The Pioneer Trails Regional Museum celebrates 30 year milestone

A repository of regional and natural history in Bowman invites Western Edge residents to visit the museum in a celebration of three decades of education and research.

The Pioneer Trails Regional Museum is southwest North Dakota's regional repository of natural history, located at 12 1st Ave NE, in Bowman, ND.
Photo courtesy of The Pioneer Trails Regional Museum
We are part of The Trust Project.

BOWMAN, N.D. — As a non-profit organization, the Pioneer Trails Regional Museum relies on donations to keep their doors open and programs running. The museum will be celebrating 30 years of providing southwest North Dakotans with access to historical artifacts and fossils, while educating young and old alike on the preservation of history through publications, curatorship, research and a wide variety of on-site displays.

The celebration in Bowman will begin on June 18, with free admission to the museum all day. Free refreshments and activities will begin at 1 p.m. and run until the event closes at 4 p.m.

As a non-profit organization, the Pioneer Trails Regional Museum relies on donations to keep their doors open and programs running. The Pioneer Trails Regional Museum turns 30 with a celebration in Bowman, including a chalk art contest.
Photo courtesy of Pioneer Trails Regional Museum

“The Bowman County Historical & Genealogical Society was formed in 1983 for the preservation of the rich history in Bowman County and the surrounding area. In June 1992, the Pioneer Trails Regional Museum was opened in the old Bowman Western Lumber Company building. Early exhibits showed quilts, paleontology and ranching,” Darrah Steffen, Paleontology curator at Pioneer Trails Regional Museum, said. “Since the inception of the museum, the paleontology, archeology and local history departments became an active part of the museum’s mission. At PTRM, we continue to catalog, educate and present the history and prehistory of southwestern North Dakota, as well as neighboring South Dakota and Montana.”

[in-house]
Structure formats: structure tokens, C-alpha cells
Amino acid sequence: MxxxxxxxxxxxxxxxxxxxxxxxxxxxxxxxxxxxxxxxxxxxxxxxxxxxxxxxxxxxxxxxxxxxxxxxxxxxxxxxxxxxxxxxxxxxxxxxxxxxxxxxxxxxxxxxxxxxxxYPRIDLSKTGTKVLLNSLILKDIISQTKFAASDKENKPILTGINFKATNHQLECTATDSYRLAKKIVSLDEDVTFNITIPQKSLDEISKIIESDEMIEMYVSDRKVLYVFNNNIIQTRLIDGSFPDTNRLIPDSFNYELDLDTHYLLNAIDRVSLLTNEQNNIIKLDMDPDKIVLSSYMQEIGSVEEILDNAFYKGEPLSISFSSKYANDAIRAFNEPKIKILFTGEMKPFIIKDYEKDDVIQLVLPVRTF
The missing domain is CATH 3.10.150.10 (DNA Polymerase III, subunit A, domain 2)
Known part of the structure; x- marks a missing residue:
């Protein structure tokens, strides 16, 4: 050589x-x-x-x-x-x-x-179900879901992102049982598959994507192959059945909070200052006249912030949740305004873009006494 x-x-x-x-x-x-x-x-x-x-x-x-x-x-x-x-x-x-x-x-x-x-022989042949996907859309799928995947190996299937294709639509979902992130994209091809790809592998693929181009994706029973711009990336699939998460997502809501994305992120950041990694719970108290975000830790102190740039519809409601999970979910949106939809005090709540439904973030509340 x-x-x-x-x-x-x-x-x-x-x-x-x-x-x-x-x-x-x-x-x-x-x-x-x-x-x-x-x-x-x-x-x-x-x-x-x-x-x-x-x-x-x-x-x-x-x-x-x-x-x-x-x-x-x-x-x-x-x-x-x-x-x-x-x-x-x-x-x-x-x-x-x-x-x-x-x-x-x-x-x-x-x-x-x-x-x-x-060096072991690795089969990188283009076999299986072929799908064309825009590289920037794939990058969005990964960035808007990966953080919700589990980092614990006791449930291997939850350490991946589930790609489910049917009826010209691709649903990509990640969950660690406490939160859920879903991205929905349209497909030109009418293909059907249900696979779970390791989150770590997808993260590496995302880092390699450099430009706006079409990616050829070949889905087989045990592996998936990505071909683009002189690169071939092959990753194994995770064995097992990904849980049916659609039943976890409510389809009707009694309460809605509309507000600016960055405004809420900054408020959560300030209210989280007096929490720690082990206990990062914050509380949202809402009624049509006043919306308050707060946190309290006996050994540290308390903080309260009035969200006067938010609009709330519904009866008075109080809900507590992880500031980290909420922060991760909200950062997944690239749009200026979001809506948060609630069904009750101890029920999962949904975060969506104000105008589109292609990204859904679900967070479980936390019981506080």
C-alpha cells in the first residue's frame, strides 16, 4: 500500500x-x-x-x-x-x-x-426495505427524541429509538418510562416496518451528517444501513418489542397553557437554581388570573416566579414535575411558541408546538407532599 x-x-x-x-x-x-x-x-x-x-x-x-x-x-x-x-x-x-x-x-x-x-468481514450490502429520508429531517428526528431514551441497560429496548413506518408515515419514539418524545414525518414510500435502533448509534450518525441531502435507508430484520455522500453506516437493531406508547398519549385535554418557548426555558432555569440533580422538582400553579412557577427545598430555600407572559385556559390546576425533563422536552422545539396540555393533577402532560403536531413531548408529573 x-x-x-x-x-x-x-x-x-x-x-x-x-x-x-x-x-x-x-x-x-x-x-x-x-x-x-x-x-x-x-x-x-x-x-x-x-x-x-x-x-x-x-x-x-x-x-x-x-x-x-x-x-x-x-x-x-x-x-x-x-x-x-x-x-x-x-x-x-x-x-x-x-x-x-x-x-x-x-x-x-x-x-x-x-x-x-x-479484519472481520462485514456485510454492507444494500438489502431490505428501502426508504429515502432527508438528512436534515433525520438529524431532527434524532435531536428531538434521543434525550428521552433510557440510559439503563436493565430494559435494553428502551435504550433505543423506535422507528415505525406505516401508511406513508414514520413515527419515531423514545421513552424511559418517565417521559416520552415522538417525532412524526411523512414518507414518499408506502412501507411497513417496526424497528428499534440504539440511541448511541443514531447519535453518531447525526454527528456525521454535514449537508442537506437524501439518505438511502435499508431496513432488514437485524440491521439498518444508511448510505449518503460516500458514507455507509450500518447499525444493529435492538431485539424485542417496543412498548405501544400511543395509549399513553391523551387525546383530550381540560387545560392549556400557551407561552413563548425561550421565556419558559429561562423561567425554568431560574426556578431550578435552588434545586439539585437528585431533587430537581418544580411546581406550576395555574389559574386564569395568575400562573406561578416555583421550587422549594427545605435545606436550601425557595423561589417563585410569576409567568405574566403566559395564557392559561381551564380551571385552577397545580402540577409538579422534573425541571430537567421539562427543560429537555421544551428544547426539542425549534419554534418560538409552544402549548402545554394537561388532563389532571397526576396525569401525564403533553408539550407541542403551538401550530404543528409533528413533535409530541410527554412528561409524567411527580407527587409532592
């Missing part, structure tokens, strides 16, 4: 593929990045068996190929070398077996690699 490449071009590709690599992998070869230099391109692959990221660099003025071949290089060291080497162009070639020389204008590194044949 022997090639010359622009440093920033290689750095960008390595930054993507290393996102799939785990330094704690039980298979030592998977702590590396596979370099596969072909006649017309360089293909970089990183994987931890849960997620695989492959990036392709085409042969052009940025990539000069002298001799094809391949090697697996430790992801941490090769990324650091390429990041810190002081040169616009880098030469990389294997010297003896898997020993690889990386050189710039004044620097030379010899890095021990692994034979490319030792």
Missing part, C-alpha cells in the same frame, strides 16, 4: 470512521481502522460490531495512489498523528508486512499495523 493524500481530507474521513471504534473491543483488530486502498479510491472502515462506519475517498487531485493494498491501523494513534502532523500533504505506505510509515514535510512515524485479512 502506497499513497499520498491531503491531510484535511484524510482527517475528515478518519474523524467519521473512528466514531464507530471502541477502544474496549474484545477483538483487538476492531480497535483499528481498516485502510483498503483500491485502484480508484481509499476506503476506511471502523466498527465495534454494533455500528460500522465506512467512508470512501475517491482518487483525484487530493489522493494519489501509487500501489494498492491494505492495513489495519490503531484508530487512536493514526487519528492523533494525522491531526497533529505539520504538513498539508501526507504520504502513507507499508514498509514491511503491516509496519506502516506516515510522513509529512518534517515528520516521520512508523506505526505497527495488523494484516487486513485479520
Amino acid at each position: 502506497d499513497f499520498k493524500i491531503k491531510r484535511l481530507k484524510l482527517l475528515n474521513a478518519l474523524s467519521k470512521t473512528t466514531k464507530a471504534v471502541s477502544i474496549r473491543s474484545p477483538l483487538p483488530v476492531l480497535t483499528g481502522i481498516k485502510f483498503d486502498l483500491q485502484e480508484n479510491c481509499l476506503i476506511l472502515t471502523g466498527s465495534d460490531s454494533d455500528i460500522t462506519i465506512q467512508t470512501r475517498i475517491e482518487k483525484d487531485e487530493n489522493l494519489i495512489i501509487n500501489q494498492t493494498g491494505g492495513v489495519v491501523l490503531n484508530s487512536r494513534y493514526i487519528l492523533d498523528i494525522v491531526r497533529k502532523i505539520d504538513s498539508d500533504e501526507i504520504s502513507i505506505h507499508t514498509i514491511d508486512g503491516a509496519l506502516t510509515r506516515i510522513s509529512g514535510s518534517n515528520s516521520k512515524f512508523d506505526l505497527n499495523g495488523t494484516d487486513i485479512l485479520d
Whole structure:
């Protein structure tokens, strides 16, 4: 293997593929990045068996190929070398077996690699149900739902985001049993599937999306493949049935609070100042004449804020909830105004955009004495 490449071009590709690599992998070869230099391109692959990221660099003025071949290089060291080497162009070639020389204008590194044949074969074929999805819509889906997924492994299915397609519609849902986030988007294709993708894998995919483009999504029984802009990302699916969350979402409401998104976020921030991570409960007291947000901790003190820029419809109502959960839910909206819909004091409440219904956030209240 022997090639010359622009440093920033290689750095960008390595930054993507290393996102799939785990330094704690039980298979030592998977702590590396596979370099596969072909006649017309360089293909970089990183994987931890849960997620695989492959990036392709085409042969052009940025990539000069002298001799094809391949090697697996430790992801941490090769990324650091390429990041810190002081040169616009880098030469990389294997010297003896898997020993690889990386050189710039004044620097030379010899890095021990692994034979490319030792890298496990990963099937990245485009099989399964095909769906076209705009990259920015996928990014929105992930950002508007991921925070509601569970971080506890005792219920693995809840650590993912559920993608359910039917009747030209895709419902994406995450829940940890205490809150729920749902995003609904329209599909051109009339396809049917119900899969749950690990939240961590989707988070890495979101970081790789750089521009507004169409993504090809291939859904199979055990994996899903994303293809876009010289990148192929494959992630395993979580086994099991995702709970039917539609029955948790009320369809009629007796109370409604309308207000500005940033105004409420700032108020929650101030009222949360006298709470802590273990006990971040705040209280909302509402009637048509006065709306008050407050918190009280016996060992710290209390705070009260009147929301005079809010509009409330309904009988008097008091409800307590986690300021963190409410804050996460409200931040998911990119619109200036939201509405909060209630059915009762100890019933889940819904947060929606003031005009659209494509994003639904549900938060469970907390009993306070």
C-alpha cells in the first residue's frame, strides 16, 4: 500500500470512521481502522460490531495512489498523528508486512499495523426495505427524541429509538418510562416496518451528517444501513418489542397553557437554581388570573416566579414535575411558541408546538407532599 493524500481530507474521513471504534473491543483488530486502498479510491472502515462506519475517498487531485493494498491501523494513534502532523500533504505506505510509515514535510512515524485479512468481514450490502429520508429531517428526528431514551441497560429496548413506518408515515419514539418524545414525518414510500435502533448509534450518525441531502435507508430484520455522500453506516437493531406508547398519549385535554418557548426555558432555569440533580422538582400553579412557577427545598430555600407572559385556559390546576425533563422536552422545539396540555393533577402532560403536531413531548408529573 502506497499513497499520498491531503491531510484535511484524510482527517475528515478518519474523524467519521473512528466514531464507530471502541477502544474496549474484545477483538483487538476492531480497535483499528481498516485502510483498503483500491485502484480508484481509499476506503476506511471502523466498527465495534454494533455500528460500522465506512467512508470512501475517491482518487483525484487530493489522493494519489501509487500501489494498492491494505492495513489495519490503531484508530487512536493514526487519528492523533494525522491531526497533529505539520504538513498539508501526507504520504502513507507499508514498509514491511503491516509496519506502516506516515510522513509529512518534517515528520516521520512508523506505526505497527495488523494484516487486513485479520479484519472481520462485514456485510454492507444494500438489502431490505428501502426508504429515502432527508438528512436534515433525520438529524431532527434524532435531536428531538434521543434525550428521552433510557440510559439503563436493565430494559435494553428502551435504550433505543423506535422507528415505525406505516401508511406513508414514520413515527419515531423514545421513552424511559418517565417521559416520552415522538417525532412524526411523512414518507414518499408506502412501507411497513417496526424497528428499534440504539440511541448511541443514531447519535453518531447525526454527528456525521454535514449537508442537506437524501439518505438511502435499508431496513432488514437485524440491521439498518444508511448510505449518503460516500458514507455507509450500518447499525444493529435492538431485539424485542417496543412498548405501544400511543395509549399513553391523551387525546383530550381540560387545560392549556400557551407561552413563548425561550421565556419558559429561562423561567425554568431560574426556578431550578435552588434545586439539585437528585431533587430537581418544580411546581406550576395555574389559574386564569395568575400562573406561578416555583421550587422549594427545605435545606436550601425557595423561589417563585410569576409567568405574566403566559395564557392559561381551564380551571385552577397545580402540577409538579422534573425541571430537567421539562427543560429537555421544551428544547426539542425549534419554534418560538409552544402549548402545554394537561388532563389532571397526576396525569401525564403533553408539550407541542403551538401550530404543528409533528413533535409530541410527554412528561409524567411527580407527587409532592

Steffen noted that the museum has a rich collection of historic artifacts and fossils that highlight the lesser known prehistory of settlement in the area.

“In our History and Archaeology sections, we offer a background on the history of Native American tribes and the presence of ranching and frontier life in what is now the greater Bowman area,” she said. “In addition, we also offer information on the plants and animals that call this gorgeous landscape home.”


The museum’s Paleontology section features exhibits highlighting the rugged landscapes along the Hell Creek Badlands drainages of southwestern North Dakota, including the fossils found there that have helped researchers and Paleontologists reconstruct and study the waning days of the dinosaurs of the Cretaceous period.

“In addition, fossils we have discovered in the Fort Union Formation help to inform us about the recovery of life after the extinction of the dinosaurs, in what is now southwestern North Dakota,” she said. “We hope (people will) join us to celebrate this milestone on June 18.”

Steffen highlighted some of the activities of the event, including live demonstrations with local artists, a chalk art contest and guided tour of the East Building expansion.

“We have loved serving you for the past 30 years and look forward to seeing what the future holds,” Steffen said.

For more information on how to support the mission, vision and operations of the museum, visit the Pioneer Trails Regional Museum's website at .


What to read next
Follow this Dickinson news and sports podcast brought to you by the DSU Heritage Foundation on Apple, Spotify and Google Podcasts on Wednesdays and Saturdays.
We rode along the fields in Fairfield, speaking to a local rancher/farmer about this year’s planting season and how the heavy rains in the past month have affected crops.
Recently, a handful of Dickinson’s students attended the SkillsUSA — the annual National Leadership and Skills Conference — in Atlanta, Georgia, and some who even finished within the top 10, including power equipment and architectural drafting.
DICKINSON — As Western Edge residents reunite and relax with family and friends, hit the local lakes to cool off, or attend any of the many parades and community events over the 4th of July weekend, a national trend shows that pride in the country is at an 18-year low, according to a recent Gallup poll.